Chlorination is one of the most widely used and successful drinking water disinfection processes in the world; however it forms halogenated disinfection by-products, such as trihalomethanes (THMs), which are considered to be possible carcinogens and precursors of more toxic compounds. The purpose of this research was to develop and optimize a relatively inexpensive and solvent free membrane-based GC-MS method for the analysis of drinking water for THMs. Several parameters, such as purge time and injection port temperature were optimized. Studies were also performed to determine a suitable internal standard compound for the developed method. Drinking water samples collected at The College at Brockport, SUNY had total THM concentrations between 50 to 60 μg L-1. The average method detection limit, accuracy, and precision values were less than 2.0 μg L-1, 117%, and 8.2% respectively. Additional drinking water samples were analyzed from Tennessee and Texas to evaluate the performance of the method in varied water matrices.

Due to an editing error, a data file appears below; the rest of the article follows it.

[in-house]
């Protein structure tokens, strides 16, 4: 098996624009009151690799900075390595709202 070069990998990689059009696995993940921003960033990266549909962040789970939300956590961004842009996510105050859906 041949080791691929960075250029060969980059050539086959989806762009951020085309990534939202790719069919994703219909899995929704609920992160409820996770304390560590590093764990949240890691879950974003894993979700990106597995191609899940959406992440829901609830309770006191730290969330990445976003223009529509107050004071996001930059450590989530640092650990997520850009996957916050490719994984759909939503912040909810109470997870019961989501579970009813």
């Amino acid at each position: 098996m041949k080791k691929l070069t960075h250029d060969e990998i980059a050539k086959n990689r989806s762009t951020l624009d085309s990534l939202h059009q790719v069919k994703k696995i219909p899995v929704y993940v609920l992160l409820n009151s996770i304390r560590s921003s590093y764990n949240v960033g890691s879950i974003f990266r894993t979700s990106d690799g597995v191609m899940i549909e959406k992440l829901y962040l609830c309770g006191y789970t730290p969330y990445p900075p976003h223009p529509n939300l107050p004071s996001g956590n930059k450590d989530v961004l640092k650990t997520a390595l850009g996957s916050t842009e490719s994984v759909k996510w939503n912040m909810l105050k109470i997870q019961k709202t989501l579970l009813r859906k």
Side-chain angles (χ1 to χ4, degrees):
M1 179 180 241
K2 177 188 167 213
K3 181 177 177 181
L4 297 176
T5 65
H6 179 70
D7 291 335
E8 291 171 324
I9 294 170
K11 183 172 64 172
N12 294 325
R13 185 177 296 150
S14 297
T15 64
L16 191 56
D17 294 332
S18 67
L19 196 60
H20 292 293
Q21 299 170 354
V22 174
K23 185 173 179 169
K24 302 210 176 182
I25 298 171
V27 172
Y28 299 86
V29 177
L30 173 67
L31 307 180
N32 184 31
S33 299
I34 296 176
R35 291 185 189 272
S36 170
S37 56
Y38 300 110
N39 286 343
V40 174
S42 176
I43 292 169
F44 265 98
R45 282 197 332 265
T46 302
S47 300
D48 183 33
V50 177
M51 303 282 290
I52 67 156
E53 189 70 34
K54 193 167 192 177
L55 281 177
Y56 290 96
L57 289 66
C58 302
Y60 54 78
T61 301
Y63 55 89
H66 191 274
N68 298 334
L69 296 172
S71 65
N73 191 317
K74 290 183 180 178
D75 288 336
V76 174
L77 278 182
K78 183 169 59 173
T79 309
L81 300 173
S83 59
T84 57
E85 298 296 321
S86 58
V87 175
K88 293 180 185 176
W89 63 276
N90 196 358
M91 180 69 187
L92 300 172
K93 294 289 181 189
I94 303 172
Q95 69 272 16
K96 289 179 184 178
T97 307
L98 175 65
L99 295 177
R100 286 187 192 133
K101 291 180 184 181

|Presenter:||Carissa Williams (Undergraduate Student)|
|Time:||10:45 am Session II|